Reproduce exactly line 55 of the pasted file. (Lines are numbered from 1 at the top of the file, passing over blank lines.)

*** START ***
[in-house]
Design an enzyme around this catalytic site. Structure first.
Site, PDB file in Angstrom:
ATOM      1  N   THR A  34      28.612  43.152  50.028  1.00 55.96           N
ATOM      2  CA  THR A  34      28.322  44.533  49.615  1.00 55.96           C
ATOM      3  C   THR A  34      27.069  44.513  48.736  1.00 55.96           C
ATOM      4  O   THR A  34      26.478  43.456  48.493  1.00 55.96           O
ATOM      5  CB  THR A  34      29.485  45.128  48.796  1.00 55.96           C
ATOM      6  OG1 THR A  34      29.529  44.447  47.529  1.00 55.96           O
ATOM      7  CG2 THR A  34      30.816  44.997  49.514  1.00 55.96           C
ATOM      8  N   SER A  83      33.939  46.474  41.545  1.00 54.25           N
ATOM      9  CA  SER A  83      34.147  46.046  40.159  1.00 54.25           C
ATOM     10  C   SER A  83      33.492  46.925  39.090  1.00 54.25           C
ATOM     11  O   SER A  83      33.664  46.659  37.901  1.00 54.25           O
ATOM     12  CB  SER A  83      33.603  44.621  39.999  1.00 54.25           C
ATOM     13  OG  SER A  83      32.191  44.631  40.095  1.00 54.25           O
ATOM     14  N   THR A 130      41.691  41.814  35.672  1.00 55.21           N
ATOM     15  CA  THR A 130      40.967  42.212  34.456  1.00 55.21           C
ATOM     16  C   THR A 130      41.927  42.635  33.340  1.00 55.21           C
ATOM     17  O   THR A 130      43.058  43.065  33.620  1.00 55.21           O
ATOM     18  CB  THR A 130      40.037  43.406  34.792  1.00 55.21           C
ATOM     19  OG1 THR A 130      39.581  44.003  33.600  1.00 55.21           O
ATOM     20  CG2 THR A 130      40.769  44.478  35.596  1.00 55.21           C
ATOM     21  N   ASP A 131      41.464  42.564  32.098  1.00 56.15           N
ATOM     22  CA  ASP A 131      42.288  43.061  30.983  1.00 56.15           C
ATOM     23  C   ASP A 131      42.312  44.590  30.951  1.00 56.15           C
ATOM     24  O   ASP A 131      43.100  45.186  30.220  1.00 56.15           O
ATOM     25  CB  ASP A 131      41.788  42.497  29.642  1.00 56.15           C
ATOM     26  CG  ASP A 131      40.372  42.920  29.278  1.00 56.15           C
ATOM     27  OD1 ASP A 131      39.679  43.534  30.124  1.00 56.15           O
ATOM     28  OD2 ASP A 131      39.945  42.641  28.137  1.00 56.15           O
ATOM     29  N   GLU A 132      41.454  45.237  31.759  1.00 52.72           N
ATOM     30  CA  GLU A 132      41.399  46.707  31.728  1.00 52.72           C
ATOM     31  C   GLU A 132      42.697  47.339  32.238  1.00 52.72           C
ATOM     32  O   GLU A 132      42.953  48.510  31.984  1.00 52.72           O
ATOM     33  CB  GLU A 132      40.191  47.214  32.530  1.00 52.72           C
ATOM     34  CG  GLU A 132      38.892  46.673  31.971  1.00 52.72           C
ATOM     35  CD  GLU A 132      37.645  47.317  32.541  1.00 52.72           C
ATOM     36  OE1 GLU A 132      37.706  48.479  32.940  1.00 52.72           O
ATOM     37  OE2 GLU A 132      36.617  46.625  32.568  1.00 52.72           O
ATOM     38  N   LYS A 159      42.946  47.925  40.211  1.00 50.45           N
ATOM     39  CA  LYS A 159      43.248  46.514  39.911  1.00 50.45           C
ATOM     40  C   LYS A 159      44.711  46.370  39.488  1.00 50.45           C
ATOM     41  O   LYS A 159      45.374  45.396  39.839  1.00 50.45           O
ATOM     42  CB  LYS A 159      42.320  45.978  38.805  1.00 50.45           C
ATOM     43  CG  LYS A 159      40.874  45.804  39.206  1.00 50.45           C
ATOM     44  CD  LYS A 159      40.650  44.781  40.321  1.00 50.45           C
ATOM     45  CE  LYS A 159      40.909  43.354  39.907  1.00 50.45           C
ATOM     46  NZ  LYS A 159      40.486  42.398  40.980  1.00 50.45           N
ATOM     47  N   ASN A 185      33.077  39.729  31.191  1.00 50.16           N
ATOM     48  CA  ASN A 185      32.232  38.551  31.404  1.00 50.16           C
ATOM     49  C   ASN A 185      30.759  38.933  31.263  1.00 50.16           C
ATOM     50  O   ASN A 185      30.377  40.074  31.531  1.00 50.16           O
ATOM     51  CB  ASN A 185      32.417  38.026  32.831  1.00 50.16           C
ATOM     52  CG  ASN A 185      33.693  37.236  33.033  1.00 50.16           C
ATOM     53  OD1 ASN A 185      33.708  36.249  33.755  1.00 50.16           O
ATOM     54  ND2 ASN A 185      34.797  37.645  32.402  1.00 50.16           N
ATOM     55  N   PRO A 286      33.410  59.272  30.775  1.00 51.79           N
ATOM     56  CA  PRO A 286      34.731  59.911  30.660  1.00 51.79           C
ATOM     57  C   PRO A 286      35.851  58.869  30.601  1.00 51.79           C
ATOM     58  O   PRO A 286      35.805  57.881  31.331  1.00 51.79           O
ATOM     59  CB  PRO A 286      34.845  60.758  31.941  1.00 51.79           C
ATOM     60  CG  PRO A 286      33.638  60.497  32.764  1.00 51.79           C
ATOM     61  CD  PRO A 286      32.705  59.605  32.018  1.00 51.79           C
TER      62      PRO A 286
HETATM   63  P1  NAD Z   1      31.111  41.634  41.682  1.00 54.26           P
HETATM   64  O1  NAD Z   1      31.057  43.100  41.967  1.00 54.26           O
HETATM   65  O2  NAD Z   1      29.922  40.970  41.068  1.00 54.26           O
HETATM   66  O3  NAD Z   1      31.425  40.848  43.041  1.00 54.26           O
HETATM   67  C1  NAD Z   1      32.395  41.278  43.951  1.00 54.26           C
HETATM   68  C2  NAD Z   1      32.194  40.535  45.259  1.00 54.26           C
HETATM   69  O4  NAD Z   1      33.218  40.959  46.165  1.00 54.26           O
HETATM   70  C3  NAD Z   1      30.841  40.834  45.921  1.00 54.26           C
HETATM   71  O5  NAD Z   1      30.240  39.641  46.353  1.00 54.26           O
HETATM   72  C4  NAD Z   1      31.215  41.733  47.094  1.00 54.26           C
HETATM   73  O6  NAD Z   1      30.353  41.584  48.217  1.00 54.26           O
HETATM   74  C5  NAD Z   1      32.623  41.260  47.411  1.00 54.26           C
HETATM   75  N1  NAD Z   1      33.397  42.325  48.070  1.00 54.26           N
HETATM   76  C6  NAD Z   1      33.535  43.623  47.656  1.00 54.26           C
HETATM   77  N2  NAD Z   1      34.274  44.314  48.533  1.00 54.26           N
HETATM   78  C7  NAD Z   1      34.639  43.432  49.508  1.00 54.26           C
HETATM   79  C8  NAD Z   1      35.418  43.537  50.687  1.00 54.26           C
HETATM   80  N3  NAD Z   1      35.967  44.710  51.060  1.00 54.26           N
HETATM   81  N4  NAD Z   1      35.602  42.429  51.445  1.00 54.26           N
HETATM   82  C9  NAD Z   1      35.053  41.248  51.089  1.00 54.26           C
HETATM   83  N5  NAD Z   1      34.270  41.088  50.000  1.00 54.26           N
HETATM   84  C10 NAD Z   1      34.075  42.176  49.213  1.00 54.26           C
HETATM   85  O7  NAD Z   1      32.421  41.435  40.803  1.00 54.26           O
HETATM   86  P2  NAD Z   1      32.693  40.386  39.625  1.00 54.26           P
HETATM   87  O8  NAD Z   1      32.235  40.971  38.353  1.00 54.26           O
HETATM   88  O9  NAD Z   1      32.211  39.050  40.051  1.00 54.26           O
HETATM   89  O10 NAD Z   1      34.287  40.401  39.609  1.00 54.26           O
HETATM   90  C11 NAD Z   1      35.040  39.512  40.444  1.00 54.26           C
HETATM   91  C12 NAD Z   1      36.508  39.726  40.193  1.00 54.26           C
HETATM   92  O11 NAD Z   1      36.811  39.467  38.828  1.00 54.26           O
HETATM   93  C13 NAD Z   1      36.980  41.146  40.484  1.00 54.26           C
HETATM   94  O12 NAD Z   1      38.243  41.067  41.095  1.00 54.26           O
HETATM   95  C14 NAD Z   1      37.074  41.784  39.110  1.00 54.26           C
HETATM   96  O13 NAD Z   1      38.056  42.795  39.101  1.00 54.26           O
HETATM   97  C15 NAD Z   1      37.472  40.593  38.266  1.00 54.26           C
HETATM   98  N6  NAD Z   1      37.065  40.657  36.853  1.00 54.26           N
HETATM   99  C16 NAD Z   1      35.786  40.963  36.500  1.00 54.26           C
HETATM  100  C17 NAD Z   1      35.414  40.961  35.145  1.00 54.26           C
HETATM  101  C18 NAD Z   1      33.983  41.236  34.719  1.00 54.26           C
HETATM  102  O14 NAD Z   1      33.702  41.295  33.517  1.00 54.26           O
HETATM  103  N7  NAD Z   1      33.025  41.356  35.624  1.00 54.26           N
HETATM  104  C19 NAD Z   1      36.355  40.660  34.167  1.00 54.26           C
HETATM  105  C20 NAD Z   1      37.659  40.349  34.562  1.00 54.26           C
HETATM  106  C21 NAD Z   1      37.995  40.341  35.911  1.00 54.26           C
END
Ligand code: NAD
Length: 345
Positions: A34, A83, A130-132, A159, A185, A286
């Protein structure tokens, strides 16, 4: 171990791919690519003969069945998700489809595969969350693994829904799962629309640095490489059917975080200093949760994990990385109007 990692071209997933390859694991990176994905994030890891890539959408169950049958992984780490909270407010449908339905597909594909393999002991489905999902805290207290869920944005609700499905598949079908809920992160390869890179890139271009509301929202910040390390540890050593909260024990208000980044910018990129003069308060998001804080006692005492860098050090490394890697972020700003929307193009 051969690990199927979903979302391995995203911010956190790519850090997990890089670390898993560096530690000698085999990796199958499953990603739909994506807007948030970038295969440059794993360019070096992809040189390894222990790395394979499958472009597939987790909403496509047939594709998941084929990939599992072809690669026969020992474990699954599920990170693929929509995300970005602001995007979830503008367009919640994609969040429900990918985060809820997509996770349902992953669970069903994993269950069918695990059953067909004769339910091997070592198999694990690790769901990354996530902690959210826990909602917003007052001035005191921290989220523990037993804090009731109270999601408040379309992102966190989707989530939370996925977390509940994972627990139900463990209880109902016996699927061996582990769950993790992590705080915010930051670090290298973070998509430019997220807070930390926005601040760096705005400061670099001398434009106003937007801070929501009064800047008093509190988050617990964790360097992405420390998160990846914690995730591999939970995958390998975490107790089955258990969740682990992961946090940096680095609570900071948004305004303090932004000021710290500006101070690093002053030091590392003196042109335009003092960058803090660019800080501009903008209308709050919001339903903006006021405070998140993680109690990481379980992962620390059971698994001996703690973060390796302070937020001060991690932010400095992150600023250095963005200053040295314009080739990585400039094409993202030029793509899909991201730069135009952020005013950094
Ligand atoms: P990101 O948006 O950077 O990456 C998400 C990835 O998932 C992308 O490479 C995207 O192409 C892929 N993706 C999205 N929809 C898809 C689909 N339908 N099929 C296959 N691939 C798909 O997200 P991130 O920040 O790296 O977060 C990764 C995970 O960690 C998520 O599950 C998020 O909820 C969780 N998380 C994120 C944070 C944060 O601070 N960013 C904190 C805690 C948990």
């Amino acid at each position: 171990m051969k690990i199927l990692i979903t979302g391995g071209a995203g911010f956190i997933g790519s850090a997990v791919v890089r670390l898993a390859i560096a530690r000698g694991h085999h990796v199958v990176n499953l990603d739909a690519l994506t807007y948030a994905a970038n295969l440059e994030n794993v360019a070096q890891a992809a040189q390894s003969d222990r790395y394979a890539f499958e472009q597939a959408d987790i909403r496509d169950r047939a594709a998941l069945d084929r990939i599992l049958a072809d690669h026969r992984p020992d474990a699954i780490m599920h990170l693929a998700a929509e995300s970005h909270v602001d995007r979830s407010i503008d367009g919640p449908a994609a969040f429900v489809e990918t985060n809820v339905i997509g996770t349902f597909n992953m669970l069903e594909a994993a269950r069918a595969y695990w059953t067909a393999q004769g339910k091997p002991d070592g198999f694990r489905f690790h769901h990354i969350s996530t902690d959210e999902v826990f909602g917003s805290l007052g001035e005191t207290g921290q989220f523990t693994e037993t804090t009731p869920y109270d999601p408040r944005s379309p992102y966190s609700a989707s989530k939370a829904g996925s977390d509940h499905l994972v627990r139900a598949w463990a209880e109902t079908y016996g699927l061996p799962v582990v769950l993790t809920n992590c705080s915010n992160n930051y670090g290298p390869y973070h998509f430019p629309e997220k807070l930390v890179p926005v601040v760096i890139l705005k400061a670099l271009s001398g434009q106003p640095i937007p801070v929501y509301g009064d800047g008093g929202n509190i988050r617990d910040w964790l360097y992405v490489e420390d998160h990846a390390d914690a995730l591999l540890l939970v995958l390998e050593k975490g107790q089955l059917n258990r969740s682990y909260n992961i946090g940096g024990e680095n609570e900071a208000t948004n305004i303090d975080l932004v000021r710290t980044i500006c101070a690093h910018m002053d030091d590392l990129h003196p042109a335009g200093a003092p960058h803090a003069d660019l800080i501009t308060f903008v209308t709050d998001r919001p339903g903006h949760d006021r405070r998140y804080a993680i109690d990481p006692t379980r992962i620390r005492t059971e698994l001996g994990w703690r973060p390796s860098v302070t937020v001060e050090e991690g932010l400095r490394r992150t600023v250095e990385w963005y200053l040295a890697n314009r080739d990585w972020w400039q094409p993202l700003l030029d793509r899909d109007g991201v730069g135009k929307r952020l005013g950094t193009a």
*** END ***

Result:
ATOM     52  CG  ASN A 185      33.693  37.236  33.033  1.00 50.16           C